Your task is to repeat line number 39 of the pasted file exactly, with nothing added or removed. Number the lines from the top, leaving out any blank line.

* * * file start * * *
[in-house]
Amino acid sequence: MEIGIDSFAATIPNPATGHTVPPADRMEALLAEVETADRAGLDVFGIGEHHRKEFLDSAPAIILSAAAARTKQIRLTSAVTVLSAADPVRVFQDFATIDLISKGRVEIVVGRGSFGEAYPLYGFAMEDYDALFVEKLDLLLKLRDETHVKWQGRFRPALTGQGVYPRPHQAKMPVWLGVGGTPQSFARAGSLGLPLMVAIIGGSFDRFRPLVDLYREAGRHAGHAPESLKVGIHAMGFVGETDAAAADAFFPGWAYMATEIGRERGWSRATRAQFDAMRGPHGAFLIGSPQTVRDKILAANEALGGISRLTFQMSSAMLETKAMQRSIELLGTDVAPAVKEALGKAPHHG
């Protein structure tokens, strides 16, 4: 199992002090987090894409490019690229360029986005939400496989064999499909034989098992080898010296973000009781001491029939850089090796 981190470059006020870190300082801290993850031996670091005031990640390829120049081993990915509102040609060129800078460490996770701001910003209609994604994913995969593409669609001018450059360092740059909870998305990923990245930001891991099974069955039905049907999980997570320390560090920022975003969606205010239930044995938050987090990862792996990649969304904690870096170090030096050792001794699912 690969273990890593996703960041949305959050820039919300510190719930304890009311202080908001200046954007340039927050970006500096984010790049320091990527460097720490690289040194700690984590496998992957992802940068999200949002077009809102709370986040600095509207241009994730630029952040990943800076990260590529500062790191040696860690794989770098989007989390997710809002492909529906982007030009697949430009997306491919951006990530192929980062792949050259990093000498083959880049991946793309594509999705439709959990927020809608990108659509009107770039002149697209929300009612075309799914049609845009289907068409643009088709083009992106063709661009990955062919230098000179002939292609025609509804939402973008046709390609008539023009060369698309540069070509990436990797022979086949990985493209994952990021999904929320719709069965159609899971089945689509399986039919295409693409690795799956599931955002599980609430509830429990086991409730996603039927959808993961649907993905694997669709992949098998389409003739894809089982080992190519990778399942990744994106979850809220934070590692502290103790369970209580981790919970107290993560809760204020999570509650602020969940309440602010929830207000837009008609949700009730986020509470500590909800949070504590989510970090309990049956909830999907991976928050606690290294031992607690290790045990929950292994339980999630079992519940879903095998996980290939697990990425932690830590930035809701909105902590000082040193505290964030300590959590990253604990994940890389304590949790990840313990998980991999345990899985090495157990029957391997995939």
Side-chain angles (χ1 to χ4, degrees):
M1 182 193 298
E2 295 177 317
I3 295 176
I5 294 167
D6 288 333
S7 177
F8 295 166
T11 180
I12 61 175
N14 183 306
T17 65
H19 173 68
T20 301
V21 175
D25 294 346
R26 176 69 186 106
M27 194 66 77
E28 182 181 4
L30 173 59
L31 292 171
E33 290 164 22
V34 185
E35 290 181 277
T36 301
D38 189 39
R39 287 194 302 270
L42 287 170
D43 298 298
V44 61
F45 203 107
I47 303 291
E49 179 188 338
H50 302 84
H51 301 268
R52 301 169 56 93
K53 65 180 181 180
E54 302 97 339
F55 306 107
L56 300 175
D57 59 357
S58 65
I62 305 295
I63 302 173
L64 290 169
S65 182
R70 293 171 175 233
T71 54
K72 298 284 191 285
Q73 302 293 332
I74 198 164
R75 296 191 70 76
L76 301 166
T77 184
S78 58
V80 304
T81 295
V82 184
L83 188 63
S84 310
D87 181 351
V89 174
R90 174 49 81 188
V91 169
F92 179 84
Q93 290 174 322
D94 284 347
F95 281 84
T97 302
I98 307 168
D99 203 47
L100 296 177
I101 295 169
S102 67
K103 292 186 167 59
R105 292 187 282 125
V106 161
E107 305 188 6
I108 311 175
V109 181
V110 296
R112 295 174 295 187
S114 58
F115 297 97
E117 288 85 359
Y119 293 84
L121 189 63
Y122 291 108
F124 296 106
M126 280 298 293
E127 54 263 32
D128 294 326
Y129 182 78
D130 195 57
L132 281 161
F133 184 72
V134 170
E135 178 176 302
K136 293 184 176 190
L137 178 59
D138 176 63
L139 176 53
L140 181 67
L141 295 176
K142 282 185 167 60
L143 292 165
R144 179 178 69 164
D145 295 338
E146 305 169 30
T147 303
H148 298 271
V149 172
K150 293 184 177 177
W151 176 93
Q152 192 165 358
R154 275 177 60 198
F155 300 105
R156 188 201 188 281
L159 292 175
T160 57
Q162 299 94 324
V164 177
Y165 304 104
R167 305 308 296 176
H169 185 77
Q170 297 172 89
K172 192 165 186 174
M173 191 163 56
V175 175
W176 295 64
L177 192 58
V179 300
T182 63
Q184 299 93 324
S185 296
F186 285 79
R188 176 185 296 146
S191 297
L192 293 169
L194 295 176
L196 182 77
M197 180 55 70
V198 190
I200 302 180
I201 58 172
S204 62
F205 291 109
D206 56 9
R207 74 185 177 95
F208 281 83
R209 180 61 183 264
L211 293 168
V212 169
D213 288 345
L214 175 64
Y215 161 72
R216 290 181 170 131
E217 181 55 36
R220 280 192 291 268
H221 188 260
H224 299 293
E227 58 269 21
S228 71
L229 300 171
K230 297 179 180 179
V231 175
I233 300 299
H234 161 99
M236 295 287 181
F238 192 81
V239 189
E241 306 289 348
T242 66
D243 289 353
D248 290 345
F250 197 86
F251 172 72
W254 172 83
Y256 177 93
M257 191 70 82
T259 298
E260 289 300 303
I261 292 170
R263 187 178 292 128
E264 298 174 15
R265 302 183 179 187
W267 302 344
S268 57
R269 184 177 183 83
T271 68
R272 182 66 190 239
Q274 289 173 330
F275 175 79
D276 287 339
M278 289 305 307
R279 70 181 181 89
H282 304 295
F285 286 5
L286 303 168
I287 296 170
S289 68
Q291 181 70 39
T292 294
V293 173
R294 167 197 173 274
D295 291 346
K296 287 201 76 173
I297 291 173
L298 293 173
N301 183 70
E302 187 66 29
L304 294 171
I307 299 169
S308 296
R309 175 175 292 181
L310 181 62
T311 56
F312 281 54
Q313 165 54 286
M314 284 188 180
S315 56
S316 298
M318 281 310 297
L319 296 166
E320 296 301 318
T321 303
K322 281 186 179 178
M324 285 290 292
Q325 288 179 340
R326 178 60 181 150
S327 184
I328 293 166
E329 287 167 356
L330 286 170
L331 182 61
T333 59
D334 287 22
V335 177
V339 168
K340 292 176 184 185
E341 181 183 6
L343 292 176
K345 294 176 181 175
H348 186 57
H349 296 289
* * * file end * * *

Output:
R52 301 169 56 93